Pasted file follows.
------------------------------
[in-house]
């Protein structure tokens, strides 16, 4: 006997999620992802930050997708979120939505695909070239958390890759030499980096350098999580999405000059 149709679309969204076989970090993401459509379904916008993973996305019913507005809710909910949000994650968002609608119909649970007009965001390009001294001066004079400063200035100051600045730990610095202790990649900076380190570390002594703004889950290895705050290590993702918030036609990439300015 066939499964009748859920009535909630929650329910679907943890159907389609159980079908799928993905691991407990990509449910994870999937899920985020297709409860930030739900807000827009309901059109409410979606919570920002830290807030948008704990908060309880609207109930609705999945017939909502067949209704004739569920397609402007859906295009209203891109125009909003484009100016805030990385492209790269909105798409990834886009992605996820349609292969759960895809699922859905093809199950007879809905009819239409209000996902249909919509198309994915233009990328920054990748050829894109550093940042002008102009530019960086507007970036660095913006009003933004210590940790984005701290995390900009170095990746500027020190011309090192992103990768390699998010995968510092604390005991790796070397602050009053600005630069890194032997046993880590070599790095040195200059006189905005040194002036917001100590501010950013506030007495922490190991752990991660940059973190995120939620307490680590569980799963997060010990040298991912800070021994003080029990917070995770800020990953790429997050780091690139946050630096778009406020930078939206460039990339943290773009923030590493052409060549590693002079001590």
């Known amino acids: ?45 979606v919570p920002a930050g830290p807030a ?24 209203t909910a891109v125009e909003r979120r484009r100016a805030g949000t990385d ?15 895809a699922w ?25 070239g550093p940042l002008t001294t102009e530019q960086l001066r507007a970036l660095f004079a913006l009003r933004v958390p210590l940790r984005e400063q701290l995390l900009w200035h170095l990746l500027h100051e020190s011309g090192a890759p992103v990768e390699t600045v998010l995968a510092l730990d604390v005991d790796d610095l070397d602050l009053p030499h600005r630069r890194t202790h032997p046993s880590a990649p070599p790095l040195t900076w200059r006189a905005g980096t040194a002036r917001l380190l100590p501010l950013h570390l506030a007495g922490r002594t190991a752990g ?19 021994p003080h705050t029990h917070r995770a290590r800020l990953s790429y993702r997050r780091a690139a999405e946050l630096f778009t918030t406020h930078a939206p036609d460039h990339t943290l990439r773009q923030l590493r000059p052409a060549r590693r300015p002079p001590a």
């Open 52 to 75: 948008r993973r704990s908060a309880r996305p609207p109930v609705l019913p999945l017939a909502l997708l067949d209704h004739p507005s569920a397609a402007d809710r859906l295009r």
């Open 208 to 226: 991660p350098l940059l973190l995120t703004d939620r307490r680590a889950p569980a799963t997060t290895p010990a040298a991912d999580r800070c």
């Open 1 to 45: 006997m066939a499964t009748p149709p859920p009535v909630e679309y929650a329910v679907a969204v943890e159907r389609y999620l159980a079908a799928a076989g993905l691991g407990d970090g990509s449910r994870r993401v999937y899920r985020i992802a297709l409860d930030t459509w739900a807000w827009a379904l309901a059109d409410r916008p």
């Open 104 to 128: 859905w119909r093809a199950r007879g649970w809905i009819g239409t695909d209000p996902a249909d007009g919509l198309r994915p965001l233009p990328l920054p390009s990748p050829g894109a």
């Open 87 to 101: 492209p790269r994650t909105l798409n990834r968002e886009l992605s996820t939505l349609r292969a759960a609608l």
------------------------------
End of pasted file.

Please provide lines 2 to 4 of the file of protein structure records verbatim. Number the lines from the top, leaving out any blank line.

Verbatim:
């Protein structure tokens, strides 16, 4: 006997999620992802930050997708979120939505695909070239958390890759030499980096350098999580999405000059 149709679309969204076989970090993401459509379904916008993973996305019913507005809710909910949000994650968002609608119909649970007009965001390009001294001066004079400063200035100051600045730990610095202790990649900076380190570390002594703004889950290895705050290590993702918030036609990439300015 066939499964009748859920009535909630929650329910679907943890159907389609159980079908799928993905691991407990990509449910994870999937899920985020297709409860930030739900807000827009309901059109409410979606919570920002830290807030948008704990908060309880609207109930609705999945017939909502067949209704004739569920397609402007859906295009209203891109125009909003484009100016805030990385492209790269909105798409990834886009992605996820349609292969759960895809699922859905093809199950007879809905009819239409209000996902249909919509198309994915233009990328920054990748050829894109550093940042002008102009530019960086507007970036660095913006009003933004210590940790984005701290995390900009170095990746500027020190011309090192992103990768390699998010995968510092604390005991790796070397602050009053600005630069890194032997046993880590070599790095040195200059006189905005040194002036917001100590501010950013506030007495922490190991752990991660940059973190995120939620307490680590569980799963997060010990040298991912800070021994003080029990917070995770800020990953790429997050780091690139946050630096778009406020930078939206460039990339943290773009923030590493052409060549590693002079001590």
């Known amino acids: ?45 979606v919570p920002a930050g830290p807030a ?24 209203t909910a891109v125009e909003r979120r484009r100016a805030g949000t990385d ?15 895809a699922w ?25 070239g550093p940042l002008t001294t102009e530019q960086l001066r507007a970036l660095f004079a913006l009003r933004v958390p210590l940790r984005e400063q701290l995390l900009w200035h170095l990746l500027h100051e020190s011309g090192a890759p992103v990768e390699t600045v998010l995968a510092l730990d604390v005991d790796d610095l070397d602050l009053p030499h600005r630069r890194t202790h032997p046993s880590a990649p070599p790095l040195t900076w200059r006189a905005g980096t040194a002036r917001l380190l100590p501010l950013h570390l506030a007495g922490r002594t190991a752990g ?19 021994p003080h705050t029990h917070r995770a290590r800020l990953s790429y993702r997050r780091a690139a999405e946050l630096f778009t918030t406020h930078a939206p036609d460039h990339t943290l990439r773009q923030l590493r000059p052409a060549r590693r300015p002079p001590a």
């Open 52 to 75: 948008r993973r704990s908060a309880r996305p609207p109930v609705l019913p999945l017939a909502l997708l067949d209704h004739p507005s569920a397609a402007d809710r859906l295009r």